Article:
How do I go about becoming a doctor?

I am a 25 year old un-employed bartender. I have decided that I want to do medical research on how the mind works, but I don’t know where to start.

Is it to late for me to start a medical degree? What must I do to become a research doctor?

Do you have no college? Likely you would have to take the SAT or ACT and get into a pre-med program. You could get a Bachelors of Science (Biochemistry or something on the upper end is recommended, as the number of biology major pre-meds, at least in my school, is pretty high). I have heard some schools have a 3 year pre-med school, and I don’t know if you have an advantage of doing it this way or with a Bachelors. Then you have to apply for a med school that supports a dual MD/PhD, though I suppose non PhD doctors get research positions.

It’s easy.

Get a bachelors degree in a biological science field from a good school and finish with a very high GPA. This should take you four or five years if you are a full time student.

Next you will need to take the MCAT (kind of like the SAT or GRE but more difficult) and score very well.

These two things will allow you to apply for medical school. Medical school will take you an additional four years.

Next you will have to apply for a internship/residency in your field of choice. How well you do in med school will determine if you are able to get a spot in your field of choice and at how good of an institution. There are only a limited number of slots each year for each specialty. This will take three to six years depending on the specialty.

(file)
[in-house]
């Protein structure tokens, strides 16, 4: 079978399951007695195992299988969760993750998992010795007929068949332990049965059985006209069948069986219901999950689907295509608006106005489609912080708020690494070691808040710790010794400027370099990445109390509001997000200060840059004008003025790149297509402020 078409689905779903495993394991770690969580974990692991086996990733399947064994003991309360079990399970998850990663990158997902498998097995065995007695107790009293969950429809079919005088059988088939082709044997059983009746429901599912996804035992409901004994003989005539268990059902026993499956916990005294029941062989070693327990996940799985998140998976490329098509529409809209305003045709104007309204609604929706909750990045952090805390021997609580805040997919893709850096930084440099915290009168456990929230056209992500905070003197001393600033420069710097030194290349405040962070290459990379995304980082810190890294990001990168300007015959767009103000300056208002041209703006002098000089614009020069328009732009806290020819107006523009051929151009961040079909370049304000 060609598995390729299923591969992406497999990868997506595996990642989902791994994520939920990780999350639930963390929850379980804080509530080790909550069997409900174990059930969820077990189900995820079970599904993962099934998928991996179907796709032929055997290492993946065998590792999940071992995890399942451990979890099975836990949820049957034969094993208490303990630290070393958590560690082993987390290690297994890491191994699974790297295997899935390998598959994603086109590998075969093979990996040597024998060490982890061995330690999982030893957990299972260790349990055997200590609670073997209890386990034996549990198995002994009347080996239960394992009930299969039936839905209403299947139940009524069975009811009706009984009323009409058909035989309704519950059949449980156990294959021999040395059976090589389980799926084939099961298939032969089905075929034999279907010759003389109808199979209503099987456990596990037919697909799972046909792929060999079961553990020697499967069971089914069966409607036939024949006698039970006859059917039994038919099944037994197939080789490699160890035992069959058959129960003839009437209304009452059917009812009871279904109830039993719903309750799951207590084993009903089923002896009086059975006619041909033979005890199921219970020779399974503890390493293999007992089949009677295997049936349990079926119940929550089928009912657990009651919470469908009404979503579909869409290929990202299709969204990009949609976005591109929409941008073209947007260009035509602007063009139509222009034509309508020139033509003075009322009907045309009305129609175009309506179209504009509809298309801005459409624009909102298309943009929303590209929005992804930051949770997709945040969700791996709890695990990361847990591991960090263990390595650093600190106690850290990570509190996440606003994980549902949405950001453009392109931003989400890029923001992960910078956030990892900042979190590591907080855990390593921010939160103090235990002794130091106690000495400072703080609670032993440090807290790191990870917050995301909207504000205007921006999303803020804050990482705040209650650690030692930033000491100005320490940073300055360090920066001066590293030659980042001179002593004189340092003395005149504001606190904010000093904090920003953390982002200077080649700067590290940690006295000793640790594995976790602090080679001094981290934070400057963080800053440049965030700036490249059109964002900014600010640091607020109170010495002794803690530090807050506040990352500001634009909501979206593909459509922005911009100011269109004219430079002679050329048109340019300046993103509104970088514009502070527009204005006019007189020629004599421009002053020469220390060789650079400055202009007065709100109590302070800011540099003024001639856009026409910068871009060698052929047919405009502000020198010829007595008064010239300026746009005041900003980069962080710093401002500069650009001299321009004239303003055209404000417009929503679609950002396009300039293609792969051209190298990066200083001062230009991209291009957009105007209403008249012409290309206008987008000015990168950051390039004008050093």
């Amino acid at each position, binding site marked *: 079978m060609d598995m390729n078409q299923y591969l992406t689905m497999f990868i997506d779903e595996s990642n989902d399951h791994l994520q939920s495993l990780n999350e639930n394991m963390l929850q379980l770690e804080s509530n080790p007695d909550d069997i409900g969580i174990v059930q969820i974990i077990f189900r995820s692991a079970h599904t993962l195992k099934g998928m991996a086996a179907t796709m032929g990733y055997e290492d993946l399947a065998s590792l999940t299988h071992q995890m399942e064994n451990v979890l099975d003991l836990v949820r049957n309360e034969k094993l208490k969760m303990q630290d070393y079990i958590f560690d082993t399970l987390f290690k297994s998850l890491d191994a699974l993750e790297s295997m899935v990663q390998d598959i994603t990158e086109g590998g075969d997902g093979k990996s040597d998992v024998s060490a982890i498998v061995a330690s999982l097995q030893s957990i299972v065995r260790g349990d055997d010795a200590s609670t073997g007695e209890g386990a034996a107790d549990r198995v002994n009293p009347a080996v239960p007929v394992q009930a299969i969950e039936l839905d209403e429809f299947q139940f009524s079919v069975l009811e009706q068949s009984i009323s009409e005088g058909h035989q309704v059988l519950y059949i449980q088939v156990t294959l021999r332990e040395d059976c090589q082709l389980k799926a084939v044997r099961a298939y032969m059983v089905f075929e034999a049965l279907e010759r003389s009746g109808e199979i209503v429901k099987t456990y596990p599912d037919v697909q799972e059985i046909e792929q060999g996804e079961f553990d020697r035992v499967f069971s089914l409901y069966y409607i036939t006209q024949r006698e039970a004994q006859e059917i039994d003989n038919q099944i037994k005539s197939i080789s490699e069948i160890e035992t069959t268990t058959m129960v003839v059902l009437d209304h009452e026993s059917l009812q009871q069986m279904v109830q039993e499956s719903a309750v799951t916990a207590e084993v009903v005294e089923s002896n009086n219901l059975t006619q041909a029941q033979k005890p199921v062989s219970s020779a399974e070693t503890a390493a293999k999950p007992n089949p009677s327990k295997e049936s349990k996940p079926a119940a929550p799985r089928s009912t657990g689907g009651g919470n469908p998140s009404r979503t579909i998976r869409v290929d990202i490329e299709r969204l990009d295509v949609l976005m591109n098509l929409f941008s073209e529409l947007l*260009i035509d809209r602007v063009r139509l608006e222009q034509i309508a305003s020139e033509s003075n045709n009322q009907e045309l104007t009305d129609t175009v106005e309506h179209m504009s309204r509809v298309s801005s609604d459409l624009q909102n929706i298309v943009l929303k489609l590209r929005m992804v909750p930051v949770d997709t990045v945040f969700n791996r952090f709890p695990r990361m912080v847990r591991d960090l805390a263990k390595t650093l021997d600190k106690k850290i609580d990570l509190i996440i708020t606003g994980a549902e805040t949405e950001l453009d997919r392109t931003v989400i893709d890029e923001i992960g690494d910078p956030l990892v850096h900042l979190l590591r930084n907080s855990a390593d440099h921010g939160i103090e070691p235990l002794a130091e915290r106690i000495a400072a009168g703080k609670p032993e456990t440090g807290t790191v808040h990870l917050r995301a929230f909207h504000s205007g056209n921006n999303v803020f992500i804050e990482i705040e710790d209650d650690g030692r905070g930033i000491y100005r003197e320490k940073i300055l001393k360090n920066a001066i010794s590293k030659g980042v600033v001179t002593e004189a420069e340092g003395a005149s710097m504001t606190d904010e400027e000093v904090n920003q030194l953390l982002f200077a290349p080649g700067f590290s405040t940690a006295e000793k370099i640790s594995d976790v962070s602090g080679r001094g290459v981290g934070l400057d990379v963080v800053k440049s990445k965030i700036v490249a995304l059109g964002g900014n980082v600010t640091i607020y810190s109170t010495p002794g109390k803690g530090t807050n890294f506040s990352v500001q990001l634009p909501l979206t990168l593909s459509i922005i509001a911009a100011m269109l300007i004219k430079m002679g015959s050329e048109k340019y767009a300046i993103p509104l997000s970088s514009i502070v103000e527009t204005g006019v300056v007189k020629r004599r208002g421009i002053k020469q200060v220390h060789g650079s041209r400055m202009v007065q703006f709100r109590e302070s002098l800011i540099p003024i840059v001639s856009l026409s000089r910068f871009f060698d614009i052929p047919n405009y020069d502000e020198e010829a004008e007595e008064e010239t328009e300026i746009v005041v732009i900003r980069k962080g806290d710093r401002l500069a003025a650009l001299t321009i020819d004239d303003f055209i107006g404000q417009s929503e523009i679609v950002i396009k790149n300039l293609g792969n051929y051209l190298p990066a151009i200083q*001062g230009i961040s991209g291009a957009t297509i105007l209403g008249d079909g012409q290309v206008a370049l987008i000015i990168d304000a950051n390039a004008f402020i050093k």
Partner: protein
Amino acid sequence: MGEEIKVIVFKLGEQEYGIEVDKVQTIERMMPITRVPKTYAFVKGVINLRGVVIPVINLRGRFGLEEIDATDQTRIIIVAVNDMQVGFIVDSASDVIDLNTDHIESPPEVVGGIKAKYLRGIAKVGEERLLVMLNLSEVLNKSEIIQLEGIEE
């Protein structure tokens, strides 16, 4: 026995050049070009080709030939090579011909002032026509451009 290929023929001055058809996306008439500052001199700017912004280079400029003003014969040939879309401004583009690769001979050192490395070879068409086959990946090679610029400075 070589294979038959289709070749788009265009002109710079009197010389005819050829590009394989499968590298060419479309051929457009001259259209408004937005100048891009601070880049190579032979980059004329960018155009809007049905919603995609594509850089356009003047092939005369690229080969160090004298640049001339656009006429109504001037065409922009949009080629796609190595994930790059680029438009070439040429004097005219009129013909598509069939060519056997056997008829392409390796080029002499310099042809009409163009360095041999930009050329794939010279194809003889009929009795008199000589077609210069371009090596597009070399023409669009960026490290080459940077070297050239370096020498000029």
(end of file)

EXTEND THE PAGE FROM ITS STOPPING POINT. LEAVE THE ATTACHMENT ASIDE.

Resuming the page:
Finally, you can apply for a job in your field and get started.

Good luck and keep us posted!

I’m not sure just MD school will guarantee you a research job. I am sure there are those that don’t have them, but according to :

Seems a dual MD/PhD has it’s benefits.

I don’t understand. What would my first step be?

If the OP wants to do research on how the mind works (neuroscience, neuropsychology, or something associated), it’s important to note that one does not need to be a medical doctor to do so. Most researchers in these fields are not medical doctors, and barring a few exceptions, there’s no real need to be one. If one needs to do research in the context of patient treatment, one can collaborate with an MD.

To get a PhD in neuroscience, one would typically get a BS in a biology-related discipline (4 years), score well on the GRE, and enter a PhD program (4-6 years).

To get an MD/PhD from a joint program, you would do the same sort of preparation as for medical school (Bachelor’s degree with pre-med courses - you don’t have to major in the biological sciences, you just have to have the right courses under your belt), do well on the MCAT, and apply to an MD/PhD program.